Princess and Darryl need a sequel.

READ REVIEW

PRINCESS PUFFYBOTTOM…AND DARRYL

Princess Puffybottom’s purrrrfect life is spoiled by a puppy named Darryl.

Fluffy, black kitty Princess Puffybottom’s two female “subjects” pamper her appropriately. They feed her yummy meals (even if they sometimes need reminding) and take care of “delicate matters” (litterbox, you know). Princess Puffybottom indulges their whims, the petting and the play, until they surprise her with Darryl, a dog! “He was horrible. He was disgusting. He was an animal!” Illustrating this in sequential vignettes, Darryl eats a sock, vomits it up, and eats it again. The princess tries everything from hypnosis to sabotage to rid herself of Darryl, but nothing works. Her subjects notice nothing of her shenanigans—they seem preoccupied with other matters. Eventually familiarity does its work. Yes, Darryl’s annoying, but Princess Puffybottom finds he has uses (such as liberating tasty morsels from the trash), and he does worship her, so life’s “good again. At least her subjects wouldn’t be bringing home any more surprises.” Readers, however, will have noticed that what her two subjects—a black woman and an Asian woman—have been occupied with in the background are preparations for a baby. Nielsen’s tale and Mueller’s digitally created pooch and puss pair perfectly, the princess acting as a nice stand-in for a pampered first child. The light touch of humor and twist at the end make this a must for storytime collections.

Princess and Darryl need a sequel. (Picture book. 3-8)

Pub Date: Feb. 5, 2019

ISBN: 978-1-101-91925-5

Page Count: 32

Publisher: Tundra

Review Posted Online: Sept. 17, 2018

Kirkus Reviews Issue: Oct. 1, 2018

Did you like this book?

No Comments Yet

THE WONKY DONKEY

The print version of a knee-slapping cumulative ditty.

In the song, Smith meets a donkey on the road. It is three-legged, and so a “wonky donkey” that, on further examination, has but one eye and so is a “winky wonky donkey” with a taste for country music and therefore a “honky-tonky winky wonky donkey,” and so on to a final characterization as a “spunky hanky-panky cranky stinky-dinky lanky honky-tonky winky wonky donkey.” A free musical recording (of this version, anyway—the author’s website hints at an adults-only version of the song) is available from the publisher and elsewhere online. Even though the book has no included soundtrack, the sly, high-spirited, eye patch–sporting donkey that grins, winks, farts, and clumps its way through the song on a prosthetic metal hoof in Cowley’s informal watercolors supplies comical visual flourishes for the silly wordplay. Look for ready guffaws from young audiences, whether read or sung, though those attuned to disability stereotypes may find themselves wincing instead or as well.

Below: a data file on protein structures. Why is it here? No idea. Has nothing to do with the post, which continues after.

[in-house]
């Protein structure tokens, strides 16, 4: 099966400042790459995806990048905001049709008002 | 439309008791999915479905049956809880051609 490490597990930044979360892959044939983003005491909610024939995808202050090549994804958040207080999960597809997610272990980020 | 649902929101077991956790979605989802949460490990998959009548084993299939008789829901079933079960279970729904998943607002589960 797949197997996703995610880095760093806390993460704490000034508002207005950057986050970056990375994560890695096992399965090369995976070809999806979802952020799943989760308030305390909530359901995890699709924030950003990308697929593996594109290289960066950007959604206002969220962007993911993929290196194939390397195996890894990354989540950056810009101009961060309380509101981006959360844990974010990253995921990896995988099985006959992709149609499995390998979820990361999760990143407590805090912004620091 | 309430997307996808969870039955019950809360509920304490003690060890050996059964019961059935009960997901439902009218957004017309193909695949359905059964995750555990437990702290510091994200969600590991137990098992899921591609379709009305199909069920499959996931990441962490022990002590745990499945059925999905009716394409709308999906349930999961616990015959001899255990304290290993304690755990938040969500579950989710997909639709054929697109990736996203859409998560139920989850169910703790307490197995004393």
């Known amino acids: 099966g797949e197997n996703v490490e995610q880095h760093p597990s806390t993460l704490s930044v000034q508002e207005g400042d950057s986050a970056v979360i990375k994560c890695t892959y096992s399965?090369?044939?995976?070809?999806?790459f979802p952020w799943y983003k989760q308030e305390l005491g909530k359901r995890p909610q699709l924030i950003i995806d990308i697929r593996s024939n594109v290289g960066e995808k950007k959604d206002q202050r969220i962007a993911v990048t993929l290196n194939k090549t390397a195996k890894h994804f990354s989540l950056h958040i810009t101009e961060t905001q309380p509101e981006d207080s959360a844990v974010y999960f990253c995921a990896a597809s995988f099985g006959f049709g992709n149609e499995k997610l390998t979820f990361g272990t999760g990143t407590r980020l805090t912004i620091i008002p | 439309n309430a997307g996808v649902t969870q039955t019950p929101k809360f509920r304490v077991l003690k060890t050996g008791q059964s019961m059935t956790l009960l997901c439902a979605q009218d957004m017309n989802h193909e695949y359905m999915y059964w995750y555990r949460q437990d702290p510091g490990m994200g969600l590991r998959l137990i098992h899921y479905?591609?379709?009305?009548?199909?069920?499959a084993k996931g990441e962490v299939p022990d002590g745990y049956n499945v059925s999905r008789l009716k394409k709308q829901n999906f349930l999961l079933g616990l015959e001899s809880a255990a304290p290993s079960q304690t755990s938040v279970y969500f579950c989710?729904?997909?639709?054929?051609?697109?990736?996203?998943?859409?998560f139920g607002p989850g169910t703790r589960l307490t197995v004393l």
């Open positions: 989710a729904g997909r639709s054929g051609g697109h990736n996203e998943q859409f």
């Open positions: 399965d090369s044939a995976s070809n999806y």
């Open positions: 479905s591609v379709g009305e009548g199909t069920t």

Hee haw. (Picture book. 5-7)

Pub Date: May 1, 2010

ISBN: 978-0-545-26124-1

Page Count: 26

Publisher: Scholastic

Review Posted Online: Dec. 29, 2018

Did you like this book?

This celebration of cross-generational bonding is a textual and artistic tour de force.

Our Verdict

  • Our Verdict
  • GET IT

  • Kirkus Reviews'
    Best Books Of 2015

  • New York Times Bestseller

  • IndieBound Bestseller

  • Newbery Medal Winner

  • Caldecott Honor Book

LAST STOP ON MARKET STREET

A young boy yearns for what he doesn’t have, but his nana teaches him to find beauty in what he has and can give, as well as in the city where they live.

CJ doesn’t want to wait in the rain or take the bus or go places after church. But through Nana’s playful imagination and gentle leadership, he begins to see each moment as an opportunity: Trees drink raindrops from straws; the bus breathes fire; and each person has a story to tell. On the bus, Nana inspires an impromptu concert, and CJ’s lifted into a daydream of colors and light, moon and magic. Later, when walking past broken streetlamps on the way to the soup kitchen, CJ notices a rainbow and thinks of his nana’s special gift to see “beautiful where he never even thought to look.” Through de la Peña’s brilliant text, readers can hear, feel and taste the city: its grit and beauty, its quiet moments of connectedness. Robinson’s exceptional artwork works with it to ensure that readers will fully understand CJ’s journey toward appreciation of the vibrant, fascinating fabric of the city. Loosely defined patterns and gestures offer an immediate and raw quality to the Sasek-like illustrations. Painted in a warm palette, this diverse urban neighborhood is imbued with interest and possibility.

This celebration of cross-generational bonding is a textual and artistic tour de force. (Picture book. 3-6)

Pub Date: Jan. 8, 2015

ISBN: 978-0-399-25774-2

Page Count: 32

Publisher: Putnam

Review Posted Online: Oct. 22, 2014

Kirkus Reviews Issue: Nov. 1, 2014

Did you like this book?

No Comments Yet
more